Forty years ago, the U.S. Supreme Court ruled that a state could require nonmembers of a public employee union to pay an “agency fee,” otherwise known as costs of collective bargaining, for their representation by the union.
The union could not use any part of the agency fee to advance ideological purposes unrelated to the union’s primary function of collective bargaining.
At that time, the court took the view that this requirement did not violate the First Amendment’s “right of silence” of nonunion members who didn’t want to pay the fee. The “right of silence” is the guarantee that people cannot be forced to be associated with an idea they do not believe.
On Tuesday, in Janus v. American Federation of State and County Municipal Employees, the court overruled that decision.
The court held that when it came to public employee unions, all collective bargaining involved ideological and public policy considerations. For government workers, the court said, issues like salaries, pensions and benefits are inherently political. And some employees may not agree with the union’s position on those matters.
For example, if a teacher’s union sought higher wages and benefits for its members, this might result in higher taxes for residents of the school district. And if that position was shared by certain union members, the union would be, effectively, putting words they didn’t believe in in their mouth. So the court said that compelling objecting employees to pay an agency fee violated their First Amendment right of silence.
Labor unions fought bitterly against Janus.
Although the court is reluctant to overrule prior decisions, the court majority, consisting of the four conservative justices plus Justice Kennedy, found that requiring objecting public employees to pay an agency fee was inconsistent with standard First Amendment principles.
Associate Justice Elena Kagan blasted the decision in her dissent, writing that “The First Amendment was meant for better things. It was meant not to undermine but to protect democratic governance — including over the role of public-sector unions.”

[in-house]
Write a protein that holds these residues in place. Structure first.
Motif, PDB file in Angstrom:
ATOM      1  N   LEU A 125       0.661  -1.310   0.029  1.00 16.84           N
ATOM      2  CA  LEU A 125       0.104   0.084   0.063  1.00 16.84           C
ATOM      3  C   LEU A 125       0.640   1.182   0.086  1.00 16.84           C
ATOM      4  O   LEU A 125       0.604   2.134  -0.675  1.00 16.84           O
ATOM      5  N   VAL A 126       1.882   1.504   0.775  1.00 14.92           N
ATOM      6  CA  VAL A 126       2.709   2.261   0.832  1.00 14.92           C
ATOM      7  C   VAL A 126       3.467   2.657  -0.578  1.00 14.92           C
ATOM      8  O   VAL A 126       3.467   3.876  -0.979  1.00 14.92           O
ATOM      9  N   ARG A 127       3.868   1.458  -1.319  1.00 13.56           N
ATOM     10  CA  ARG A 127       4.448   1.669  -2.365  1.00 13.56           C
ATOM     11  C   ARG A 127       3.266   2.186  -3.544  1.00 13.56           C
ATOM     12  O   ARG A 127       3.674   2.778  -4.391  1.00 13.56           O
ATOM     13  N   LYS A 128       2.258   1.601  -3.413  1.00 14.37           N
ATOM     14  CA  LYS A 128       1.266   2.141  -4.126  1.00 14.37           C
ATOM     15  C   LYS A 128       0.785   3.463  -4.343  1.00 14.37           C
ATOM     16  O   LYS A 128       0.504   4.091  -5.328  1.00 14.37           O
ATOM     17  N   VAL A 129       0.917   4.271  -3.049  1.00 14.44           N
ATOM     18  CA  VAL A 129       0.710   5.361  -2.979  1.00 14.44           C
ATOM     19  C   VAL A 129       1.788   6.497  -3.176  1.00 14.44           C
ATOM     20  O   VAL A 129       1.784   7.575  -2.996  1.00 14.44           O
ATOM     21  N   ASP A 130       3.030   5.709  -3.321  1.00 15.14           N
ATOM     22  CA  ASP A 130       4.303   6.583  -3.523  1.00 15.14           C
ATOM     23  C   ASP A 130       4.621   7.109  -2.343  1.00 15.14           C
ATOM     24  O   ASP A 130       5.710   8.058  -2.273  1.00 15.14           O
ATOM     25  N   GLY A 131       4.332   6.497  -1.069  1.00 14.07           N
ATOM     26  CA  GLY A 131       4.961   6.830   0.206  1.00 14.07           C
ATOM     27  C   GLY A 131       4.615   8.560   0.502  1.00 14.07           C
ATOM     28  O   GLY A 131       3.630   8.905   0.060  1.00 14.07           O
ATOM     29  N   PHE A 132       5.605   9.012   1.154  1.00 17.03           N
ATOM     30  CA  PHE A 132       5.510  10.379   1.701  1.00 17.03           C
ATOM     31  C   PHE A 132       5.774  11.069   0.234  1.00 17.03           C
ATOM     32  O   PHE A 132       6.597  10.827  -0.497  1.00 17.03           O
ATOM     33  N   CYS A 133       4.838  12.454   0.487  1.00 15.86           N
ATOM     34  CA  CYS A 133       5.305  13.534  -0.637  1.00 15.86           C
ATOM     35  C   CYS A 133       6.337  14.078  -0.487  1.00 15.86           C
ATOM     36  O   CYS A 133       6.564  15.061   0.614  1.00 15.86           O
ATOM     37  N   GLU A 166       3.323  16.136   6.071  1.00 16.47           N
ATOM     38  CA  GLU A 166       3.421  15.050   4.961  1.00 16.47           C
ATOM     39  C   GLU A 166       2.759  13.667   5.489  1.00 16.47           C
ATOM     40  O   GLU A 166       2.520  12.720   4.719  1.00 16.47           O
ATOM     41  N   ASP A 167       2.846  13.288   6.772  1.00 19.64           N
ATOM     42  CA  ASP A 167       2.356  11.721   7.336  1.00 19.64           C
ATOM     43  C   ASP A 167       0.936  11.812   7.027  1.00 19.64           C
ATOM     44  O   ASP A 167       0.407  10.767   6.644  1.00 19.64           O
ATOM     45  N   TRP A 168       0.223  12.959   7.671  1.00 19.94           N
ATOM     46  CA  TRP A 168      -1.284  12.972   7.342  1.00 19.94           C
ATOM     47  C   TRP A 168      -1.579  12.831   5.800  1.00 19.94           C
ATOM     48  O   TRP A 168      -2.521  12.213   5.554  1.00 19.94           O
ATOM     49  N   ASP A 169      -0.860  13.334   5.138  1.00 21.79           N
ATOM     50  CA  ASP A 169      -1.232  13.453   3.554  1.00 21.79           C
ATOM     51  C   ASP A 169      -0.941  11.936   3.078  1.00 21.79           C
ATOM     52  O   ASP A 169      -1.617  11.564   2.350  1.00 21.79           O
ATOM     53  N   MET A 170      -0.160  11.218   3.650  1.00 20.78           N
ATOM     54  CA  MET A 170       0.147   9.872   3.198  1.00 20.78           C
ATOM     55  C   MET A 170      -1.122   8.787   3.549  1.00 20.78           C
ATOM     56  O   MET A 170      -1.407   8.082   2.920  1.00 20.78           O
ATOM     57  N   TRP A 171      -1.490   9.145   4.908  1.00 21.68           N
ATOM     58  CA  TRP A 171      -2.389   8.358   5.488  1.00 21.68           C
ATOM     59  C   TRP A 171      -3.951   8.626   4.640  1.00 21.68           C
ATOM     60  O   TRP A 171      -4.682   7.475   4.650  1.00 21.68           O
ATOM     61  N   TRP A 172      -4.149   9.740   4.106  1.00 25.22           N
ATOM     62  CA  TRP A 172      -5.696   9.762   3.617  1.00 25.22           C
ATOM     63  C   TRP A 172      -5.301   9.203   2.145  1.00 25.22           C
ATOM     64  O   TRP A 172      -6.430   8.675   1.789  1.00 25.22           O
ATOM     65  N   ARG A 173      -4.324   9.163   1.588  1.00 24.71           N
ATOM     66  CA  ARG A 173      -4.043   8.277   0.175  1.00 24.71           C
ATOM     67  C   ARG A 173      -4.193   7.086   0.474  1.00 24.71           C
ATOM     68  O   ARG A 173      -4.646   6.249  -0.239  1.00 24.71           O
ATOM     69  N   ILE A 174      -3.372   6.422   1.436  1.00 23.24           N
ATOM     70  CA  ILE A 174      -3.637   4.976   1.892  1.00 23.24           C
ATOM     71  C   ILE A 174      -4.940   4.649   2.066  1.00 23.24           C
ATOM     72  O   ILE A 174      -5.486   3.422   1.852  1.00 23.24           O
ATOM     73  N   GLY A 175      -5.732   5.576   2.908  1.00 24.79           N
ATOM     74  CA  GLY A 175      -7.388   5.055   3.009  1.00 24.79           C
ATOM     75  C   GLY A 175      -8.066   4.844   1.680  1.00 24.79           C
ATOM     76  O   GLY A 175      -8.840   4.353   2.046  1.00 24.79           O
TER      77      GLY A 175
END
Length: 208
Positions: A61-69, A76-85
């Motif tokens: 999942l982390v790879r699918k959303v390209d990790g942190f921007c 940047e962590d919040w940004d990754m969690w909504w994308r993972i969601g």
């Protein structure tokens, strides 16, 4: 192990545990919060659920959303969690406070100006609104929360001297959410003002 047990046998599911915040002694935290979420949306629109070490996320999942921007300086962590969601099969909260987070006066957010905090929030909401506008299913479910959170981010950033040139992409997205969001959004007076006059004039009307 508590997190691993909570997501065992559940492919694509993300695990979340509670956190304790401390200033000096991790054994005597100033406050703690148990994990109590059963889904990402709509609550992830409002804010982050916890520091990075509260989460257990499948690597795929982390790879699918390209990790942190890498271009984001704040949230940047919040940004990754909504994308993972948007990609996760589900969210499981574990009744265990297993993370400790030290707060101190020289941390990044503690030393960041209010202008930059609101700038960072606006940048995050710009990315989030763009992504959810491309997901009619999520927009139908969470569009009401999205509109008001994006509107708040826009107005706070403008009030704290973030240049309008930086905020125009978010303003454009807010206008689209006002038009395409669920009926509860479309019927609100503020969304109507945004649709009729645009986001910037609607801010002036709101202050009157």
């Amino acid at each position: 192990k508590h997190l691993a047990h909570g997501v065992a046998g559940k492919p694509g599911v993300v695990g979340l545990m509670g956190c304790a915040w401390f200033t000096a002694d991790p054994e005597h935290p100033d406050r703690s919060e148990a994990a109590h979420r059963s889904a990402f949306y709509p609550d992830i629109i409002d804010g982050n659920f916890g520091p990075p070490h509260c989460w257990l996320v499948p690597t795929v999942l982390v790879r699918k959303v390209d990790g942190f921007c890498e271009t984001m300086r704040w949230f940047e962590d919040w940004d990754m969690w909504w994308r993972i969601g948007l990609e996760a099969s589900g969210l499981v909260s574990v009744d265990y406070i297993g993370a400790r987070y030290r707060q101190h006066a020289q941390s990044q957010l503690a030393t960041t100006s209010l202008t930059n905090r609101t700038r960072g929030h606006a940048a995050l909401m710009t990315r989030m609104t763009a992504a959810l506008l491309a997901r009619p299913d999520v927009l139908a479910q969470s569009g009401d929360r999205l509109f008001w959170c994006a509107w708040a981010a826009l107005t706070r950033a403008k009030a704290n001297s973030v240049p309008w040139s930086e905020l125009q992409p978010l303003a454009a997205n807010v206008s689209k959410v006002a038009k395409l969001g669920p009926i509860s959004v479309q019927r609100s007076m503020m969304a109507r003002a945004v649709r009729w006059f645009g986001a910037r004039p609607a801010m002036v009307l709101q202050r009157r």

The majority also decided that agency fees were not justified by the union’s claim that they were necessary to avoid “free riders,” who would get the benefit of the union’s collective bargaining services without paying for them.
Indeed, said the court, the alleged “free riders” would be employees who were compelled to take a ride that they did not want. And above all, public employee unions did not need agency fees in order to effectively perform their role of representing the members of the bargaining unit.
The court noted that today public-sector union membership has surpassed union membership in the private sector. They said that public-sector unions effectively represent both federal employees without any agency fees and public employees in “right to work” states, where agency fees are prohibited.
The result in Janus extends strong protection to the First Amendment right of silence. It continues a trend over the last decade by which the court, sometimes divided and sometimes not, has expanded First Amendment rights, often at the behest of ideological conservatives.
In the United States, we give more constitutional protection to First Amendment rights than is provided by other democratic nations and international human rights norms. Janus is another example of this protection.
Robert A. Sedler, author of this commentary, is a distinguished professor of law at Wayne State University.